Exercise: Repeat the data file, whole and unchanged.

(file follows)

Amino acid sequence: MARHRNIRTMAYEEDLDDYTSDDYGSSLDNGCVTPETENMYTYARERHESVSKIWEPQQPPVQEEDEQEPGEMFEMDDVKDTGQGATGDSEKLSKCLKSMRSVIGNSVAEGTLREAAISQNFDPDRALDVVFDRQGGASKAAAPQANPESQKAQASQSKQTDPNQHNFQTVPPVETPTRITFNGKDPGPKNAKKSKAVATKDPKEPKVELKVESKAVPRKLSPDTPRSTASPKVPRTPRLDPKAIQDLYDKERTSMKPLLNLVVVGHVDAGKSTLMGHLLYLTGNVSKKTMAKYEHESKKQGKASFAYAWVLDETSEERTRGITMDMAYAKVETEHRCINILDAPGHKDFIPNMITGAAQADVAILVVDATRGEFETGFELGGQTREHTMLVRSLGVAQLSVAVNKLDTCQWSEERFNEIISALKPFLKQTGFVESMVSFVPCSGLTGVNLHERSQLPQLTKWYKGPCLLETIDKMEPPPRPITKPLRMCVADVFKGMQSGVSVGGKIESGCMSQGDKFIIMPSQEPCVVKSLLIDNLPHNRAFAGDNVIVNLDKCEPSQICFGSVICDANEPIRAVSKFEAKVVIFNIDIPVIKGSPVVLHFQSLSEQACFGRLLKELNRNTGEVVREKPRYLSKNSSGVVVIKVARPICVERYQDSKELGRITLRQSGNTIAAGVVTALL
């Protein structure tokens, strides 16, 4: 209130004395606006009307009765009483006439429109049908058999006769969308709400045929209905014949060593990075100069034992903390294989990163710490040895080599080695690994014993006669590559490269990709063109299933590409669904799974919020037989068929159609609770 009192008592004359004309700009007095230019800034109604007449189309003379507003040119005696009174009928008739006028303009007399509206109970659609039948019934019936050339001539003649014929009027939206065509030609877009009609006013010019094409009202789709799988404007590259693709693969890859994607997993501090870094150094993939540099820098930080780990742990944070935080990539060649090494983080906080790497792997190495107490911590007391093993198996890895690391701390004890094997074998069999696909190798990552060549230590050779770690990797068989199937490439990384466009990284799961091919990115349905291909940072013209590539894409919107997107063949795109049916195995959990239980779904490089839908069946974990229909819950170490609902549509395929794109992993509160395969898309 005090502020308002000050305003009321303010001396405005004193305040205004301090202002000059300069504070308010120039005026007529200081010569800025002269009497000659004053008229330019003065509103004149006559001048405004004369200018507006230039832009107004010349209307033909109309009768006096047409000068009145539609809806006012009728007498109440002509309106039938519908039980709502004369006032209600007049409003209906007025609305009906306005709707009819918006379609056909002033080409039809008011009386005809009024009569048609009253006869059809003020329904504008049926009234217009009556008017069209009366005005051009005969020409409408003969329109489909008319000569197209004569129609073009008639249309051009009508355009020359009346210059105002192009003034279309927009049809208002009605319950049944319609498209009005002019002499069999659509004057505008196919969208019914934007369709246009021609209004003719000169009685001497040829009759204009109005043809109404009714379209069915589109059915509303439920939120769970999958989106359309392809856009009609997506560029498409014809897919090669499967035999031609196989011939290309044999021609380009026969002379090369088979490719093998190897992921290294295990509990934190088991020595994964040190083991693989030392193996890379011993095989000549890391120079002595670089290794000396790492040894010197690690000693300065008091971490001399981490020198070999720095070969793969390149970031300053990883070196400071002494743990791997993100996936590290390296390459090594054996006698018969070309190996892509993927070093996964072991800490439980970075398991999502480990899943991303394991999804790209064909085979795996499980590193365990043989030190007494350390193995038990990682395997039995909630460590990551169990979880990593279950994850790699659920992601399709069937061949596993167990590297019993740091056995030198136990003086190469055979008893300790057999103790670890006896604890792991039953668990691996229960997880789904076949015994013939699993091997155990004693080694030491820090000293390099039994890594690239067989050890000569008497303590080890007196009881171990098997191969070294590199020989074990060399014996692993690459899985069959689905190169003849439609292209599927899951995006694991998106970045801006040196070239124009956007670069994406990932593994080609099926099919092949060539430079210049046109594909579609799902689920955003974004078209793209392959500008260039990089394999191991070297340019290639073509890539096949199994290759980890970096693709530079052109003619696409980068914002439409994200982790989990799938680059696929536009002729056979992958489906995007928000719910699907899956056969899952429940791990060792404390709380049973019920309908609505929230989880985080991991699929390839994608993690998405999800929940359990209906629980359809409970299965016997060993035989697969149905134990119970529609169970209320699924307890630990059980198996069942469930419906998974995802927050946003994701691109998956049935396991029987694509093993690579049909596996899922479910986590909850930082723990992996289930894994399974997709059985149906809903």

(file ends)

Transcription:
Amino acid sequence: MARHRNIRTMAYEEDLDDYTSDDYGSSLDNGCVTPETENMYTYARERHESVSKIWEPQQPPVQEEDEQEPGEMFEMDDVKDTGQGATGDSEKLSKCLKSMRSVIGNSVAEGTLREAAISQNFDPDRALDVVFDRQGGASKAAAPQANPESQKAQASQSKQTDPNQHNFQTVPPVETPTRITFNGKDPGPKNAKKSKAVATKDPKEPKVELKVESKAVPRKLSPDTPRSTASPKVPRTPRLDPKAIQDLYDKERTSMKPLLNLVVVGHVDAGKSTLMGHLLYLTGNVSKKTMAKYEHESKKQGKASFAYAWVLDETSEERTRGITMDMAYAKVETEHRCINILDAPGHKDFIPNMITGAAQADVAILVVDATRGEFETGFELGGQTREHTMLVRSLGVAQLSVAVNKLDTCQWSEERFNEIISALKPFLKQTGFVESMVSFVPCSGLTGVNLHERSQLPQLTKWYKGPCLLETIDKMEPPPRPITKPLRMCVADVFKGMQSGVSVGGKIESGCMSQGDKFIIMPSQEPCVVKSLLIDNLPHNRAFAGDNVIVNLDKCEPSQICFGSVICDANEPIRAVSKFEAKVVIFNIDIPVIKGSPVVLHFQSLSEQACFGRLLKELNRNTGEVVREKPRYLSKNSSGVVVIKVARPICVERYQDSKELGRITLRQSGNTIAAGVVTALL
């Protein structure tokens, strides 16, 4: 209130004395606006009307009765009483006439429109049908058999006769969308709400045929209905014949060593990075100069034992903390294989990163710490040895080599080695690994014993006669590559490269990709063109299933590409669904799974919020037989068929159609609770 009192008592004359004309700009007095230019800034109604007449189309003379507003040119005696009174009928008739006028303009007399509206109970659609039948019934019936050339001539003649014929009027939206065509030609877009009609006013010019094409009202789709799988404007590259693709693969890859994607997993501090870094150094993939540099820098930080780990742990944070935080990539060649090494983080906080790497792997190495107490911590007391093993198996890895690391701390004890094997074998069999696909190798990552060549230590050779770690990797068989199937490439990384466009990284799961091919990115349905291909940072013209590539894409919107997107063949795109049916195995959990239980779904490089839908069946974990229909819950170490609902549509395929794109992993509160395969898309 005090502020308002000050305003009321303010001396405005004193305040205004301090202002000059300069504070308010120039005026007529200081010569800025002269009497000659004053008229330019003065509103004149006559001048405004004369200018507006230039832009107004010349209307033909109309009768006096047409000068009145539609809806006012009728007498109440002509309106039938519908039980709502004369006032209600007049409003209906007025609305009906306005709707009819918006379609056909002033080409039809008011009386005809009024009569048609009253006869059809003020329904504008049926009234217009009556008017069209009366005005051009005969020409409408003969329109489909008319000569197209004569129609073009008639249309051009009508355009020359009346210059105002192009003034279309927009049809208002009605319950049944319609498209009005002019002499069999659509004057505008196919969208019914934007369709246009021609209004003719000169009685001497040829009759204009109005043809109404009714379209069915589109059915509303439920939120769970999958989106359309392809856009009609997506560029498409014809897919090669499967035999031609196989011939290309044999021609380009026969002379090369088979490719093998190897992921290294295990509990934190088991020595994964040190083991693989030392193996890379011993095989000549890391120079002595670089290794000396790492040894010197690690000693300065008091971490001399981490020198070999720095070969793969390149970031300053990883070196400071002494743990791997993100996936590290390296390459090594054996006698018969070309190996892509993927070093996964072991800490439980970075398991999502480990899943991303394991999804790209064909085979795996499980590193365990043989030190007494350390193995038990990682395997039995909630460590990551169990979880990593279950994850790699659920992601399709069937061949596993167990590297019993740091056995030198136990003086190469055979008893300790057999103790670890006896604890792991039953668990691996229960997880789904076949015994013939699993091997155990004693080694030491820090000293390099039994890594690239067989050890000569008497303590080890007196009881171990098997191969070294590199020989074990060399014996692993690459899985069959689905190169003849439609292209599927899951995006694991998106970045801006040196070239124009956007670069994406990932593994080609099926099919092949060539430079210049046109594909579609799902689920955003974004078209793209392959500008260039990089394999191991070297340019290639073509890539096949199994290759980890970096693709530079052109003619696409980068914002439409994200982790989990799938680059696929536009002729056979992958489906995007928000719910699907899956056969899952429940791990060792404390709380049973019920309908609505929230989880985080991991699929390839994608993690998405999800929940359990209906629980359809409970299965016997060993035989697969149905134990119970529609169970209320699924307890630990059980198996069942469930419906998974995802927050946003994701691109998956049935396991029987694509093993690579049909596996899922479910986590909850930082723990992996289930894994399974997709059985149906809903």